It's definitely an asset as a community librarian to be a brainstormy kind of person, open to new ideas and eager to figure out ways to meet community needs and accommodate patron requests.  But as any practicing librarian will tell you, there are only so many hours in any given day, week, and month.  There are only so many library staff available to do the work at hand.  Even going at full tilt, all hands on deck, there will be limits to what we can accomplish. 

Sometimes it takes a while before a perfectly wonderful idea can be executed.  So frustrating!  To take the edge off the pain of these limits, I keep an ongoing Google Doc list of program and library marketing ideas.  In 2014, in collaboration with some truly outstanding community partners, I was finally able to execute one of these waiting list ideas, initially known by the unfortunate working title, "Science Fair Fair."

During science fair project season in the Fall of 2011, I was working the reference desk.  We were flooded with kids needing science fair project ideas and researching various science topics they thought might make good projects.  It struck me that the many of the students coming to us for help were doing so because their parents didn't have a background in the sciences.  They came to the library for help, and faced a ref desk staffed with English, history, and philosophy majors.  We could help them with research, and guide them to the science fair idea books, but who was going to help them choose and refine a unique and significant award-winning project?

The information resource the students needed most in the early stages of science fair project development was access to mentors in science, math, and engineering.  How to achieve that?  One morning, during a vigorous shampoo, I had a vision of a STEM mentoring fair at which students could meet with adults practicing in the various fields addressed by the science fair project categories.  South Louisiana is awash with all sorts of STEM professionals, teaching at community colleges and universities, providing healthcare, monitoring wildlife and environmental changes, performing agricultural and marine research, and working in petrochemical and related service companies. 

Surely we could entice some of those practicing STEM professionals to the library to meet with students, who would benefit both from the science fair advice and from the collective vision of all of the interesting science careers they could pursue.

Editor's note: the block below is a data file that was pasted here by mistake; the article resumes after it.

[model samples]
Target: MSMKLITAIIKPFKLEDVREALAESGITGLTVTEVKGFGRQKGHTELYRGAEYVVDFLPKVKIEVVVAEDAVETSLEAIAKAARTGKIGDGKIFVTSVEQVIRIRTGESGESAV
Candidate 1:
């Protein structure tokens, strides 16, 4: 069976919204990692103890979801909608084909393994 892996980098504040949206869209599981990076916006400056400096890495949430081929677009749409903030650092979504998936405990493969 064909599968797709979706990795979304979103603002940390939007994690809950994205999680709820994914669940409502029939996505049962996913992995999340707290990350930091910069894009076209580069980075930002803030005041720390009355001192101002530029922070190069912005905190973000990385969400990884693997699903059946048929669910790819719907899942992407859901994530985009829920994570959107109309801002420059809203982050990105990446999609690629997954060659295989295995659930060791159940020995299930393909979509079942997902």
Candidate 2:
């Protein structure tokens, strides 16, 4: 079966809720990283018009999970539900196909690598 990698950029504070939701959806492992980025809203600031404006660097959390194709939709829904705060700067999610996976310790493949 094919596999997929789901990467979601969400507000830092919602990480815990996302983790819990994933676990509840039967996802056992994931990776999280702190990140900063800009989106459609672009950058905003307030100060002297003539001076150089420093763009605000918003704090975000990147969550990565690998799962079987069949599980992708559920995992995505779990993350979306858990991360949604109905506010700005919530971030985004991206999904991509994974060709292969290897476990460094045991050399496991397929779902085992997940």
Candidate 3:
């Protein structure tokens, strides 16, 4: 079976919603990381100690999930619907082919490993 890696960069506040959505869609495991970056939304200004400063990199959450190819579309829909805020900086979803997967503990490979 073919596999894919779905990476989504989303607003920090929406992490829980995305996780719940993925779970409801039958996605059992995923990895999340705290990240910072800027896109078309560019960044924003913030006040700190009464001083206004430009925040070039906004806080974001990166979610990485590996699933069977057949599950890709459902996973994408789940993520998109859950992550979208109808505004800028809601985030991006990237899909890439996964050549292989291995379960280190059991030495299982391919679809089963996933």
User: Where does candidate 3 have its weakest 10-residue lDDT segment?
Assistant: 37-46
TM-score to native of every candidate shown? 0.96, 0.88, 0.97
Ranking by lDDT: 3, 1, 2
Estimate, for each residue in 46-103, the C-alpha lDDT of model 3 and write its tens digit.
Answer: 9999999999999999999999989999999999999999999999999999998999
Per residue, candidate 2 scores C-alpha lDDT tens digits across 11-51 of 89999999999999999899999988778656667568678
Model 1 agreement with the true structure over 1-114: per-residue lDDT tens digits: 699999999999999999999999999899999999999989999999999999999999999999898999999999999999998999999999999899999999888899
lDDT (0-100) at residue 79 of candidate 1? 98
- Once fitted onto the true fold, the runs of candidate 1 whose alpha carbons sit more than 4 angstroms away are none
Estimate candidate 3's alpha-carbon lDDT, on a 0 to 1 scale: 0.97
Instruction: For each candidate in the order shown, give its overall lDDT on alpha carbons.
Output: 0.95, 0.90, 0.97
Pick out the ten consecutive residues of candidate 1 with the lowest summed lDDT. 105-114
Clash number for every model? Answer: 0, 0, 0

While other projects took priority over the next couple of years, I kept mentioning the Science Fair Fair idea, undaunted by the terrible working title, to potential partners when I happened to run across them.  Feedback was generally encouraging, and most said they would be willing to work on the project with the library when we decided to move on the idea.

Finally, I mentioned the notion to Nathan Cotten, STEM Curriculum Specialist with the Terrebonne Parish School District.  Bingo!  Nathan happened to be sorting through incoming 2013 science fair project proposals at the time, and enthusiastically welcomed the idea of a mentoring event that might help students develop the kind of truly engaging projects that get kids hooked on STEM and actively considering STEM careers.  We got permission from both my library director and the Assistant Superintendent of the Terrebonne Parish School District to pursue the project as partner organizations, and were off to the races.


Other partners joined us along the way, including the Barataria-Terrebonne National Estuary Preserve (BTNEP), Louisiana Universities Marine Consortium (LUMCON), Bayouland RC&D Council, the Busy Bee Clinic, Terrebonne General Medical Center, and the USDA Sugarcane Research Facility across the street from our main library.  We had high school volunteers from the library FLAG program (Future Leaders of America's Gulf), and college volunteers from Nicholls State University.  A chemical and an electrical engineer joined our mentoring team from Williams Engineering.  

Thankfully, our first try was a success -- 35 kids assisted from a variety of public schools, one private school, and two homeschooling families.   The highest participating school was Mulberry (10 students) and the best represented grade level was 6th grade (17 students).  With parents and siblings, overall attendance was just over 100, and our visitors were evenly spaced, so no family had to wait very long, and all got lots of good one-on-one help.  We think we could increase those numbers in future years, and already have Science Rocks! 2016 on the calendar and in development.

Project ideas ranged from better ways to clean windows, to paper airplane experiments, robotics challenges, and best ways to eliminate bacteria.  Our volunteer mentors were impressed with the students, and the students reported learning a lot from the experience.  One fun part of the project is still ongoing -- our "Science Fair Theater" playlist on YouTube, which you can still access at  Originally our event information page, we've transformed it into a science fair resource page for the rest of the school year, and will re-purpose it for event information and promotion in May.

In the end it was worth the wait.  The right time to launch Science Rocks! was definitely when we had the partners in place to make the program come to life.  Good partners make all the difference!